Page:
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A South African city is placing QR codes on the homes of poor black residents

Xolani Mahlaba, a 39-year-old unemployed and formerly incarcerated cook living in the informal settlement of Mfuleni, said his hut will have a QR code in future phases. Mahlaba is intrigued by the current exercise. “We don’t fully understand the confusing gears of technology,” he said, “the Internet and codes and the effect on our housing structures, to be honest. We’d be glad if dazzling tech stuff could bring us food markets, running water, mobile clinics, but we told them, ‘Don’t pass our data on to the police.’”

“It is very, very difficult to know what information is being collected, how and for what purposes, from the very vague announcement of this project by the city,” Ziyanda Stuurman, a Cape Town-based digital privacy expert, told BuzzFeed. and former parliamentary investigator. News. “The language of the press release is quite ambiguous in detailing how many communities have been consulted. Ask survey questions with data that could identify them or others in their households, or data that could be used to track or monitor them, [would] be deeply troublesome.”

Written consent was obtained from the owner of each home before QR encoding it, no personal information will be shared with unauthorized users, and the data is encrypted, Booi told BuzzFeed News.

“We are very excited,” Booi said, promising that the process strictly adheres to the new rules of South Africa’s Personal Information Protection Act. “We are adapting [to] use of new technologies, even in the most vulnerable communities”.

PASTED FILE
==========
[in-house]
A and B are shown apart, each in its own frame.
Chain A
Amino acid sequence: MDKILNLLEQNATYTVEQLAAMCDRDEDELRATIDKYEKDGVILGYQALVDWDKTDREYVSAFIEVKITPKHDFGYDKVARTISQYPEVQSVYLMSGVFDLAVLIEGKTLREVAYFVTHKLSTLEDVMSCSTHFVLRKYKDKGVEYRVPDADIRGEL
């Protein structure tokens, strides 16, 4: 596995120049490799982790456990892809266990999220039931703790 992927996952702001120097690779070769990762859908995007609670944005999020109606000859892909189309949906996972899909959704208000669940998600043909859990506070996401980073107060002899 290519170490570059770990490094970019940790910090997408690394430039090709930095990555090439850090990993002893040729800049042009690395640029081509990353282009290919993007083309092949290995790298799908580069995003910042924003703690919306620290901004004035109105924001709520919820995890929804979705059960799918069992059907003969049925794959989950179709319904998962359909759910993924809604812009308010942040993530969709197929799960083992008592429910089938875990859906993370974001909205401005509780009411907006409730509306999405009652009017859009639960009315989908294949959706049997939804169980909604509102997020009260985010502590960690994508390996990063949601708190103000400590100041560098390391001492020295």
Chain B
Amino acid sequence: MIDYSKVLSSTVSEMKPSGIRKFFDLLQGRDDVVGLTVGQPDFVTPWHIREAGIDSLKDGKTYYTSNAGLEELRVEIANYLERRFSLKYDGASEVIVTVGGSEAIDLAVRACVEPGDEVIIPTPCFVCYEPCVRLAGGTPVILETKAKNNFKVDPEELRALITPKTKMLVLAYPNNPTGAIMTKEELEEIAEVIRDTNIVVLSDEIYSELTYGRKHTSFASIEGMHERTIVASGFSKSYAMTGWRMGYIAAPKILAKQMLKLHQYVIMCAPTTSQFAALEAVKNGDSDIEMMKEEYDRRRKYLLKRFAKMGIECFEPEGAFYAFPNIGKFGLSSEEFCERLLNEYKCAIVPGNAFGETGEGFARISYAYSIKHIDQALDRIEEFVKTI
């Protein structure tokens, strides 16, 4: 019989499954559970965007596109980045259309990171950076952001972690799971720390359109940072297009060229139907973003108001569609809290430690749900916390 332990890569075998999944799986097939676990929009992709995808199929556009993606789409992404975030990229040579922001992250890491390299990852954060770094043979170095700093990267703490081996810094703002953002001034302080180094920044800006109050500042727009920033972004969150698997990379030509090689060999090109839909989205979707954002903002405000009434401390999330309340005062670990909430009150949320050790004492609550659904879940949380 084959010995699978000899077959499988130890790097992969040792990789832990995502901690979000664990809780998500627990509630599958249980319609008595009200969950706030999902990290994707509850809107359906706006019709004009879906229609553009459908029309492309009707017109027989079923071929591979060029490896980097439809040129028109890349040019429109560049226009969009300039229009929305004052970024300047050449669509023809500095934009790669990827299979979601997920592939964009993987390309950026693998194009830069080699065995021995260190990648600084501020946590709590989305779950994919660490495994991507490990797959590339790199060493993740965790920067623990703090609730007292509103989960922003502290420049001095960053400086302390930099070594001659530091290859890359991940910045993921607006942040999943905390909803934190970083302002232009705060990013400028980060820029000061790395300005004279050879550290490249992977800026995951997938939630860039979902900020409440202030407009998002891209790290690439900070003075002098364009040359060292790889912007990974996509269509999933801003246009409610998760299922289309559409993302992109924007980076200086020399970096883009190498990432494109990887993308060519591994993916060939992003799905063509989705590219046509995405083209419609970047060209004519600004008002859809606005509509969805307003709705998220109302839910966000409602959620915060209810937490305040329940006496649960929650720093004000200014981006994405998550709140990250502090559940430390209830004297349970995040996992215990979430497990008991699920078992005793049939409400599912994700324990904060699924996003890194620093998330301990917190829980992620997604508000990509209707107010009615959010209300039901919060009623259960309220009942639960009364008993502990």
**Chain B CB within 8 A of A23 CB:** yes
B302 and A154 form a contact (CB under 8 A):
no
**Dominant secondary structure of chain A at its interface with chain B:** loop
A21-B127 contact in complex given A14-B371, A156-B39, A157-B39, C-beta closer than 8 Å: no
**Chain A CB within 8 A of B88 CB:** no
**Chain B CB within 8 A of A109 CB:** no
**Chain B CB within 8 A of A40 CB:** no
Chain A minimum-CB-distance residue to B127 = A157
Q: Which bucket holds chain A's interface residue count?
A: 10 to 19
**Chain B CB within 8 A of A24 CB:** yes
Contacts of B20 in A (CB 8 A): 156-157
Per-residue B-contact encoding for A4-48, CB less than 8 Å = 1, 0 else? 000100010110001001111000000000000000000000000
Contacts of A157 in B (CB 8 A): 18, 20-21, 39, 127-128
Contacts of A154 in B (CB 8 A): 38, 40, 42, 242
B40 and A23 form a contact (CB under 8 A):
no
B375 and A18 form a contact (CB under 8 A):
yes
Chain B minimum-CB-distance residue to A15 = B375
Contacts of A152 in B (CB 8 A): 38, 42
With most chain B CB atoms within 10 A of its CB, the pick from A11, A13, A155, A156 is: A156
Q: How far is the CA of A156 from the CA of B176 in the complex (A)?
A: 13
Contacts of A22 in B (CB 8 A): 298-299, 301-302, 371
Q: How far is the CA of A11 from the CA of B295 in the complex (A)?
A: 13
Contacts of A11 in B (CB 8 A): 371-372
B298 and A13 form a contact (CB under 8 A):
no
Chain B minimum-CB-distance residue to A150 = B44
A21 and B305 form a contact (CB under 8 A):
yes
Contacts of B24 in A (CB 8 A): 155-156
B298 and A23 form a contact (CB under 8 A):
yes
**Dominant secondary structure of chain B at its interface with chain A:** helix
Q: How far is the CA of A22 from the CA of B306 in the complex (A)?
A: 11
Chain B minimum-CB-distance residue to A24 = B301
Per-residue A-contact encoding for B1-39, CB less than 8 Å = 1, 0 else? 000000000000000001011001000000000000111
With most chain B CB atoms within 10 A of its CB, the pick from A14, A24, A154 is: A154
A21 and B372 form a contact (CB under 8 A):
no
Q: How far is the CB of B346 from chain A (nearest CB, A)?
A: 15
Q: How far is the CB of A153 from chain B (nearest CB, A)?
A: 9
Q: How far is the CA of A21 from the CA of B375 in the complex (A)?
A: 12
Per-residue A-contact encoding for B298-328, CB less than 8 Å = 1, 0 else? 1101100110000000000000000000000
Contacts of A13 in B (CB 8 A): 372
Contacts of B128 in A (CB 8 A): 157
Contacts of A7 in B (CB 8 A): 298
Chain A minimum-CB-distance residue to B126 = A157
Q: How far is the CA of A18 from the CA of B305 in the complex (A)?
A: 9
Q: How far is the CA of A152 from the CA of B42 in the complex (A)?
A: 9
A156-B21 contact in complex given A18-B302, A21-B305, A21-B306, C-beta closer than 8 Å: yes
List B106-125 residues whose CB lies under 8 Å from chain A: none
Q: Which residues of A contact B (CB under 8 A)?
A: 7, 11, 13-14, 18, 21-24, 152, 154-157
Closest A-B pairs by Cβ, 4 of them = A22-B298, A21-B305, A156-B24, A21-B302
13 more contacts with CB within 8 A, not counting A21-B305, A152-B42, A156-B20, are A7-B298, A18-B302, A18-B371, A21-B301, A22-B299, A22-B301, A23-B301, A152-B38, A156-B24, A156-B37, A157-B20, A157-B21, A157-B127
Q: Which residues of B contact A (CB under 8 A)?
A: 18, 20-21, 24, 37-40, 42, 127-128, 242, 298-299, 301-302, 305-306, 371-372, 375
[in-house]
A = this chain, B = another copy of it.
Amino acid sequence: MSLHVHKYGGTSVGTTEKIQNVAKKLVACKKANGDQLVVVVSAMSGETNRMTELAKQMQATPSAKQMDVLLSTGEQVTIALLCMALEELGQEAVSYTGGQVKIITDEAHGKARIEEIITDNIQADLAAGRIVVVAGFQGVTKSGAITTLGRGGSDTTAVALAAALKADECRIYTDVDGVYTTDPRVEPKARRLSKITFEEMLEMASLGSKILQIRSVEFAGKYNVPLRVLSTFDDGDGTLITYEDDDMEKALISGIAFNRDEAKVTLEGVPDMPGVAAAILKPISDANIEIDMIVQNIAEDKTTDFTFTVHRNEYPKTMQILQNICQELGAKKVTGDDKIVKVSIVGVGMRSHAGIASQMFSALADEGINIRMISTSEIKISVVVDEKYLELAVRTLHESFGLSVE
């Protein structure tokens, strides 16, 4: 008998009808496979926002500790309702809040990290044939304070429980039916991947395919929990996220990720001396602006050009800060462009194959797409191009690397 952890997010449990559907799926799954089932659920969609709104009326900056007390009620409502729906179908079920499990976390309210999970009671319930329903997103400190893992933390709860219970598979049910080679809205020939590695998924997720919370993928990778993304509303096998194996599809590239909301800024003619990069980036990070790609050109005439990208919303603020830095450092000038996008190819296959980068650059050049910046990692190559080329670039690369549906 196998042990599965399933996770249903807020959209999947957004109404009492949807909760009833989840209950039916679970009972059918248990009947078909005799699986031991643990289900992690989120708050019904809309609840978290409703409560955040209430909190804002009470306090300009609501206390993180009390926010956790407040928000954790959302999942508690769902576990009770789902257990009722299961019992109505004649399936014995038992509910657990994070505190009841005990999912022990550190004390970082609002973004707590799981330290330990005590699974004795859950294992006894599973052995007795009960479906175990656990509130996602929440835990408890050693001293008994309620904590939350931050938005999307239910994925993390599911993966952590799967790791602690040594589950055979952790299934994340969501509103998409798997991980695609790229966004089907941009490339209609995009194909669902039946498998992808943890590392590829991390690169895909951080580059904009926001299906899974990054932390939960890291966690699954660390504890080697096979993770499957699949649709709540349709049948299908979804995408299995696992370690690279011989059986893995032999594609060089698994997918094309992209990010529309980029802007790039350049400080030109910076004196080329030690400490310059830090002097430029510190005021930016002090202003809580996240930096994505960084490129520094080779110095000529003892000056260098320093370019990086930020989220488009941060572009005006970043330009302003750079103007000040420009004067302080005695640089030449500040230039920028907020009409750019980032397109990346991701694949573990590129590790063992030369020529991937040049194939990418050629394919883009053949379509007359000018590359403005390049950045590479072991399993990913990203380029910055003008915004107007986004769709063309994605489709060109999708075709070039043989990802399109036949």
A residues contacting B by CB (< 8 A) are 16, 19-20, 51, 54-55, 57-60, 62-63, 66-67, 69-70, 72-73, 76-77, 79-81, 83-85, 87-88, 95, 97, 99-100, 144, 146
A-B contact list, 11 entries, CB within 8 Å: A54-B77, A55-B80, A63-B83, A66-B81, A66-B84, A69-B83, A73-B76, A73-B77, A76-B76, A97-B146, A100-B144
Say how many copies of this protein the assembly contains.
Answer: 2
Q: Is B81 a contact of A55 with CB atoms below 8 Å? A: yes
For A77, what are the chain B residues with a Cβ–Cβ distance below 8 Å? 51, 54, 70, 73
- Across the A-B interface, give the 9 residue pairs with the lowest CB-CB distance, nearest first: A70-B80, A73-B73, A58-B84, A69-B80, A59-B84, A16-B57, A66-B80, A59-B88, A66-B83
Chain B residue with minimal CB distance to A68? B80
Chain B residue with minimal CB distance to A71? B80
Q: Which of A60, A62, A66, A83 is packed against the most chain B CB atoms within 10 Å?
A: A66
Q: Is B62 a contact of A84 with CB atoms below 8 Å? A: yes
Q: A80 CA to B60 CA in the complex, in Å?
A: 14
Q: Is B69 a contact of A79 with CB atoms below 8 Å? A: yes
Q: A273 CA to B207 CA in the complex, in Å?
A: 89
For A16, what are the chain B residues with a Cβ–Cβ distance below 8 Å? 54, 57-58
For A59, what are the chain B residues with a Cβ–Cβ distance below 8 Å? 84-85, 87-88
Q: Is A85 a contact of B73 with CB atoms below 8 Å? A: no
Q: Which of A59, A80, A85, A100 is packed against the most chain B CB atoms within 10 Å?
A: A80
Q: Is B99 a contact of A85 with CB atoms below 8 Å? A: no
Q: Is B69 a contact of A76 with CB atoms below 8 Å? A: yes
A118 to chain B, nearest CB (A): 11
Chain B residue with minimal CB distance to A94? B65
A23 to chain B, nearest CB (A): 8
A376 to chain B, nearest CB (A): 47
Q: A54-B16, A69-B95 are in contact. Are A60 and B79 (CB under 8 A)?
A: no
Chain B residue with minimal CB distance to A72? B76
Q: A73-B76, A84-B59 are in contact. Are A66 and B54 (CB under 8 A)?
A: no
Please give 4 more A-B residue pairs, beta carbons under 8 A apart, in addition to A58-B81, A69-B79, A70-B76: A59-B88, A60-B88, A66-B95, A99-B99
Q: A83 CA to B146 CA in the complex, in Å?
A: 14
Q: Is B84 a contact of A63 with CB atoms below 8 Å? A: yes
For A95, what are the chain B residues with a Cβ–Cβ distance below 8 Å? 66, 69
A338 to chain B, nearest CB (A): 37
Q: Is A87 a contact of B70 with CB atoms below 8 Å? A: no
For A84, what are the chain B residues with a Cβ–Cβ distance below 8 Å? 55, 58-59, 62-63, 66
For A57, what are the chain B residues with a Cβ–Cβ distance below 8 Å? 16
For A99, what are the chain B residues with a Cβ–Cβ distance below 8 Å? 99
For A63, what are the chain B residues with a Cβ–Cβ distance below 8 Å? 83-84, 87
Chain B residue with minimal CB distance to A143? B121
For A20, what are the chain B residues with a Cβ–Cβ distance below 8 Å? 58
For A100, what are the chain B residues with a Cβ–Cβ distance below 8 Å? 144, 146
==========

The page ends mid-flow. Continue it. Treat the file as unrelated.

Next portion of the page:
To the best of the knowledge and belief of the council, this is the first technology project of this kind for a metropolitan city in South Africa, Booi told a local radio station.

In 2015, Cape Town became the first city in South Africa to launch an open data portal and make collected data sets available to residents and stakeholders. In 2018, it became the first city to South Africa to draw digital maps of trafficking routes and the use of both informal minibuses and regulated public buses. The goal was to collect big data on the evolving patterns of urban traffic flow in Cape Town.

“Cape Town loves data, it likes to map, number, enumerate,” said Fiona Elder, a professor of urban governance at the University of the Western Cape who has conducted field studies in informal settlements. “[It’s] It’s not bad to go there and see how the different homes work.”

Elder told BuzzFeed News that the majority of people in deprived slums in South Africa, including some of his master’s students, live on streets that don’t have title deeds or proper property addresses. If they want to open a bank account or get a loan, they have to prove an address. What most people do is visit a local authority, usually the head of the ruling party branch, and get a sealed letter. “A speculation is this [QR-coding] cut out the middleman,” Elder said. “The city can say, ‘We’re officially linking his ID to the structure.'” This might be more convenient for people.

At the heart of the criticism is how millions of residents live in the informal settlements of South Africa and how digitization interacts with rights.


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